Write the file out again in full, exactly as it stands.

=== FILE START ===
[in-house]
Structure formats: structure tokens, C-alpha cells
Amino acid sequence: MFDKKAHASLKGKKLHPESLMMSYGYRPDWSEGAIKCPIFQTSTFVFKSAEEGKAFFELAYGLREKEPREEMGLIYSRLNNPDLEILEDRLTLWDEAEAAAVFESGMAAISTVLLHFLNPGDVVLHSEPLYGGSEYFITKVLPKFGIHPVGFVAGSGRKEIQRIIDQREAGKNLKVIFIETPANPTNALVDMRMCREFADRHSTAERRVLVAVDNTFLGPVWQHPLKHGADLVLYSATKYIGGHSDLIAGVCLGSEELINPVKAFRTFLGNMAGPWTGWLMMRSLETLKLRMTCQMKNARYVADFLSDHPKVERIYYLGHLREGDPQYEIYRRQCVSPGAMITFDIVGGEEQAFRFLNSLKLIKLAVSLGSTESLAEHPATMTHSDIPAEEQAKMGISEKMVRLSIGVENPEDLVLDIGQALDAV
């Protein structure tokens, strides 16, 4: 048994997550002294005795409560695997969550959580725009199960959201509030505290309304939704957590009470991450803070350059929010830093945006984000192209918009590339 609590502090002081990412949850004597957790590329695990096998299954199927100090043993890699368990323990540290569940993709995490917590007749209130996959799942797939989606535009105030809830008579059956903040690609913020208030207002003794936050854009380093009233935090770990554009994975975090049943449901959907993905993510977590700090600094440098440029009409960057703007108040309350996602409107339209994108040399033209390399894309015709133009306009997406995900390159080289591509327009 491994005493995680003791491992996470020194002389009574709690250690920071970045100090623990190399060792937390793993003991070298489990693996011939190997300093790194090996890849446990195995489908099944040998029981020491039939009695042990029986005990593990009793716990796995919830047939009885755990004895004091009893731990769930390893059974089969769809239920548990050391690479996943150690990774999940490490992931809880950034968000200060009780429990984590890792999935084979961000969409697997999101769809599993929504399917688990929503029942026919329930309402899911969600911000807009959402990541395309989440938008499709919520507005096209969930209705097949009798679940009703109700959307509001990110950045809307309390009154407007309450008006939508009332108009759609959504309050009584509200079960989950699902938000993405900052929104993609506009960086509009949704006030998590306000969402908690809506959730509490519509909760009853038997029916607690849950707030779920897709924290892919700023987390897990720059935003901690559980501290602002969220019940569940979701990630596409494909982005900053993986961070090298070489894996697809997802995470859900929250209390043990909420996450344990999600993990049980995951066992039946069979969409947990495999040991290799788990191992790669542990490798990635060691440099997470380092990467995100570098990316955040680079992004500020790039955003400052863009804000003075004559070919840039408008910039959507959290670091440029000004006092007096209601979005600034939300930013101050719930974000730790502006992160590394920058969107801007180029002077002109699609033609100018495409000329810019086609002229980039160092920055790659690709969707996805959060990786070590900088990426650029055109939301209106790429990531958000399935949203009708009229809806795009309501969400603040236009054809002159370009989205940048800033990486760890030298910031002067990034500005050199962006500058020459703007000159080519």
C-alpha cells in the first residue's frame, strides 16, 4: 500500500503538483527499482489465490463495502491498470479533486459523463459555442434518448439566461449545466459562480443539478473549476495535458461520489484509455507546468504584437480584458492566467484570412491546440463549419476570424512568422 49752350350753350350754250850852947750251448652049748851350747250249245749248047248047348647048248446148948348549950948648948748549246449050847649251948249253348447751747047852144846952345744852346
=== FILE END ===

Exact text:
[in-house]
Structure formats: structure tokens, C-alpha cells
Amino acid sequence: MFDKKAHASLKGKKLHPESLMMSYGYRPDWSEGAIKCPIFQTSTFVFKSAEEGKAFFELAYGLREKEPREEMGLIYSRLNNPDLEILEDRLTLWDEAEAAAVFESGMAAISTVLLHFLNPGDVVLHSEPLYGGSEYFITKVLPKFGIHPVGFVAGSGRKEIQRIIDQREAGKNLKVIFIETPANPTNALVDMRMCREFADRHSTAERRVLVAVDNTFLGPVWQHPLKHGADLVLYSATKYIGGHSDLIAGVCLGSEELINPVKAFRTFLGNMAGPWTGWLMMRSLETLKLRMTCQMKNARYVADFLSDHPKVERIYYLGHLREGDPQYEIYRRQCVSPGAMITFDIVGGEEQAFRFLNSLKLIKLAVSLGSTESLAEHPATMTHSDIPAEEQAKMGISEKMVRLSIGVENPEDLVLDIGQALDAV
């Protein structure tokens, strides 16, 4: 048994997550002294005795409560695997969550959580725009199960959201509030505290309304939704957590009470991450803070350059929010830093945006984000192209918009590339 609590502090002081990412949850004597957790590329695990096998299954199927100090043993890699368990323990540290569940993709995490917590007749209130996959799942797939989606535009105030809830008579059956903040690609913020208030207002003794936050854009380093009233935090770990554009994975975090049943449901959907993905993510977590700090600094440098440029009409960057703007108040309350996602409107339209994108040399033209390399894309015709133009306009997406995900390159080289591509327009 491994005493995680003791491992996470020194002389009574709690250690920071970045100090623990190399060792937390793993003991070298489990693996011939190997300093790194090996890849446990195995489908099944040998029981020491039939009695042990029986005990593990009793716990796995919830047939009885755990004895004091009893731990769930390893059974089969769809239920548990050391690479996943150690990774999940490490992931809880950034968000200060009780429990984590890792999935084979961000969409697997999101769809599993929504399917688990929503029942026919329930309402899911969600911000807009959402990541395309989440938008499709919520507005096209969930209705097949009798679940009703109700959307509001990110950045809307309390009154407007309450008006939508009332108009759609959504309050009584509200079960989950699902938000993405900052929104993609506009960086509009949704006030998590306000969402908690809506959730509490519509909760009853038997029916607690849950707030779920897709924290892919700023987390897990720059935003901690559980501290602002969220019940569940979701990630596409494909982005900053993986961070090298070489894996697809997802995470859900929250209390043990909420996450344990999600993990049980995951066992039946069979969409947990495999040991290799788990191992790669542990490798990635060691440099997470380092990467995100570098990316955040680079992004500020790039955003400052863009804000003075004559070919840039408008910039959507959290670091440029000004006092007096209601979005600034939300930013101050719930974000730790502006992160590394920058969107801007180029002077002109699609033609100018495409000329810019086609002229980039160092920055790659690709969707996805959060990786070590900088990426650029055109939301209106790429990531958000399935949203009708009229809806795009309501969400603040236009054809002159370009989205940048800033990486760890030298910031002067990034500005050199962006500058020459703007000159080519």
C-alpha cells in the first residue's frame, strides 16, 4: 500500500503538483527499482489465490463495502491498470479533486459523463459555442434518448439566461449545466459562480443539478473549476495535458461520489484509455507546468504584437480584458492566467484570412491546440463549419476570424512568422 49752350350753350350754250850852947750251448652049748851350747250249245749248047248047348647048248446148948348549950948648948748549246449050847649251948249253348447751747047852144846952345744852346